News / USA

Vietnam-US Talks to Cover Trade, Human Rights, China

Vietnam's President Truong Tan Sang arrives in Merdeka Palace in Jakarta, Indonesia, June 27, 2013.
Vietnam's President Truong Tan Sang arrives in Merdeka Palace in Jakarta, Indonesia, June 27, 2013.
Marianne Brown
On Thursday, President Truong Tan Sang will become the second Vietnamese head of state to visit the White House since the two countries normalized relations nearly 20 years ago. The talks are expected to cover the two countries’ increasing trade, Hanoi’s relations with China and U.S. concerns over Vietnam’s human rights record.  

The United States is Vietnam’s second largest trading partner after China and Vietnam's proposed participation in the U.S.-led free-trade organization, the Trans-Pacific Partnership [TPP], is likely to be high on the agenda.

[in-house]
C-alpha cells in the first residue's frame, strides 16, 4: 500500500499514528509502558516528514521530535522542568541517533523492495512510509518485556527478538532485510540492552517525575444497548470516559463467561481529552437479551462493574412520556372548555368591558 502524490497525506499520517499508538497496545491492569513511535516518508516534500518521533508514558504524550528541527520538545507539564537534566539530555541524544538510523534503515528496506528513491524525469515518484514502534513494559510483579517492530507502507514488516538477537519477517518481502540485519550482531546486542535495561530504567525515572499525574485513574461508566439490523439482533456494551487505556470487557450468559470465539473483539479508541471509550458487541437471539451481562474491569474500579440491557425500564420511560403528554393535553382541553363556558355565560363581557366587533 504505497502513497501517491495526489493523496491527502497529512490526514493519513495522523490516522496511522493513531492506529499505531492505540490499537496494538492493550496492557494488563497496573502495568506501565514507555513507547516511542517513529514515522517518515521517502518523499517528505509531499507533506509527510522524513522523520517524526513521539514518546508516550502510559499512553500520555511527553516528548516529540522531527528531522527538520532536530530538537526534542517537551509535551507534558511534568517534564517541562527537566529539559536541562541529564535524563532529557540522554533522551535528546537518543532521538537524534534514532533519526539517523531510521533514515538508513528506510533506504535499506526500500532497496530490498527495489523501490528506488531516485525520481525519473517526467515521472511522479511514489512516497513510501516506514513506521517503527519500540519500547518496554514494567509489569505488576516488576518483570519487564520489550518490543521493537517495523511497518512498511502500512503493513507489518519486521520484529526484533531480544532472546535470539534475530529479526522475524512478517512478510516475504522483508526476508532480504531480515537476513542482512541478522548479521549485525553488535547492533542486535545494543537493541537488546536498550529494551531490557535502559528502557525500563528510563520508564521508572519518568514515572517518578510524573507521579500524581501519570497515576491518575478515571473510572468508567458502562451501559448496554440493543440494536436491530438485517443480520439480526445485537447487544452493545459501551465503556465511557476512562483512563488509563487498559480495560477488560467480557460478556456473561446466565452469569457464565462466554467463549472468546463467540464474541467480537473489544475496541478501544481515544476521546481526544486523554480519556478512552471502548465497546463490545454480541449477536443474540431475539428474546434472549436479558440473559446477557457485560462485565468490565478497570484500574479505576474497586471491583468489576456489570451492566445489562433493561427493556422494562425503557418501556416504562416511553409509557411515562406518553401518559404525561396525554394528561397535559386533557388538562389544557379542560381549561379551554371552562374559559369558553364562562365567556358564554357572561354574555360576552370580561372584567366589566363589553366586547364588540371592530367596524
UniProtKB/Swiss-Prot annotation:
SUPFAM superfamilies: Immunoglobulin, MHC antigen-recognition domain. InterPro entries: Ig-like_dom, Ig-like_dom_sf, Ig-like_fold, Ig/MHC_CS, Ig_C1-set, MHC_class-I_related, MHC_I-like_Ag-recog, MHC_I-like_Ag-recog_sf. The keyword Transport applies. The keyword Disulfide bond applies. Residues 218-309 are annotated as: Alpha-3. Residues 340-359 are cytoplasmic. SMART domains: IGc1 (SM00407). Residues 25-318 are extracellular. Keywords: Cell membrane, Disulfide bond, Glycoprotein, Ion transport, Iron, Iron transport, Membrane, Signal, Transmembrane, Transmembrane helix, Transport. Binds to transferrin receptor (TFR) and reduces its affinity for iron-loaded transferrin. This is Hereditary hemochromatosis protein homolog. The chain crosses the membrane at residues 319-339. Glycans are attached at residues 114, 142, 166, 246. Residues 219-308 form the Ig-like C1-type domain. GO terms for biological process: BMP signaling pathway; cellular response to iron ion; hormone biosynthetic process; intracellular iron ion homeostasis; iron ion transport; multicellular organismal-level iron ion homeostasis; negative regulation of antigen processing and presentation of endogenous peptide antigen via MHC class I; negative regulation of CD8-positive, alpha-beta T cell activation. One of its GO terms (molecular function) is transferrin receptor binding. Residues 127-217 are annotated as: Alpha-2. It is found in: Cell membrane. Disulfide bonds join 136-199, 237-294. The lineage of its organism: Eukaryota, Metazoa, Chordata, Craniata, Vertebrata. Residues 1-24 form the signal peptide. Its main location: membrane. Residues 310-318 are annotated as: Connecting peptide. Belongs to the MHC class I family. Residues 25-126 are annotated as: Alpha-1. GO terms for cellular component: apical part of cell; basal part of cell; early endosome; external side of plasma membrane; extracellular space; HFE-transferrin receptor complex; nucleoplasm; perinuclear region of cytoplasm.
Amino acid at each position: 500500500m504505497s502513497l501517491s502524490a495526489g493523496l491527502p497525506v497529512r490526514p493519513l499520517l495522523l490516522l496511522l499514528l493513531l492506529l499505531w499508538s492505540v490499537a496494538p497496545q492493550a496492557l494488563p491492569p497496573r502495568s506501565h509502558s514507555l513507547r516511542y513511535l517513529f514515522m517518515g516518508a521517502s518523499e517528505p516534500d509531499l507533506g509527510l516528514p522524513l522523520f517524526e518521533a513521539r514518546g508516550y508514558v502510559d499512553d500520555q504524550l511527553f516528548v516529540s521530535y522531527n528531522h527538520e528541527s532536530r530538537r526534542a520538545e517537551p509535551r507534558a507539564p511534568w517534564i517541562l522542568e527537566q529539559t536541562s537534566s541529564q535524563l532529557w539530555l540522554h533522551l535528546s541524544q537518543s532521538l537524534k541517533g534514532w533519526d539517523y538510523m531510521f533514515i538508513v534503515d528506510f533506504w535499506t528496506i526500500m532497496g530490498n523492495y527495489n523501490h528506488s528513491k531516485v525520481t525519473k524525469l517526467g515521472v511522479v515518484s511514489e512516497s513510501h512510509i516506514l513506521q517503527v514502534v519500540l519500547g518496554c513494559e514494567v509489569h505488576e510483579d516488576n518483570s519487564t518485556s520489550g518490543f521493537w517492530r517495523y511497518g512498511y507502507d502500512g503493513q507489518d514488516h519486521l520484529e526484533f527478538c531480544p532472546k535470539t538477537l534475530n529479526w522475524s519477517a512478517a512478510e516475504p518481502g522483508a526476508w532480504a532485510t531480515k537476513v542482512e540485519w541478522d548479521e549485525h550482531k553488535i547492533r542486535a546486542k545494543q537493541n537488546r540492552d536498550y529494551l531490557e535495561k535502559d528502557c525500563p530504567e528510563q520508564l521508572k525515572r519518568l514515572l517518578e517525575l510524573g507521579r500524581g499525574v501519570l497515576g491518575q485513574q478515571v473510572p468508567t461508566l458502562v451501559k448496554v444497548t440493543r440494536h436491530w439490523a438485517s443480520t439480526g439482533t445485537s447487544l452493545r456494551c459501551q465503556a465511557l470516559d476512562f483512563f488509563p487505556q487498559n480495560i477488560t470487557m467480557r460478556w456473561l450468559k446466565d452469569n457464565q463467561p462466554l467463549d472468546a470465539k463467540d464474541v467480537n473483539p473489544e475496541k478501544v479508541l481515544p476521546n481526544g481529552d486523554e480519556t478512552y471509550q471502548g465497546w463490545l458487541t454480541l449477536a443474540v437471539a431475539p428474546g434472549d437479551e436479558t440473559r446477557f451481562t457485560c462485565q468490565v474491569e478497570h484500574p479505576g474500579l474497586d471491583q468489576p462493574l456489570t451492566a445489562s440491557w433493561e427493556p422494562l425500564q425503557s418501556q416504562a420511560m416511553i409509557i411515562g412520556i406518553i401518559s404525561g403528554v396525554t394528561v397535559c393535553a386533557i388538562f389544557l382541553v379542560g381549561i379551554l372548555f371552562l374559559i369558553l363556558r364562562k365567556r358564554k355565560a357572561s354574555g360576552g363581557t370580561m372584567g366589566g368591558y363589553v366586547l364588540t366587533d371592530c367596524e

Vietnam's youthful population and rising economic growth make it an attractive market for many U.S. firms. Last week, McDonalds, the U.S.-based fast food giant, became the latest global food brand to announce it would open a franchise in the country.

At a press conference in Hanoi last week, foreign ministry spokesman Luong Thanh Nghi said bilateral relations have grown since the two countries normalized relations in July of 1995.

He said the United States and Vietnam have agreed to establish a friendly, constructive partnership on the basis of equality, mutual respect, and benefits.

Human rights

But there are continuing differences over U.S. objections to Vietnam’s worsening record on human rights. So far this year, the international rights group Human Rights Watch says Vietnam has handed down more jail sentences to religious leaders, dissidents and bloggers than the whole of 2012.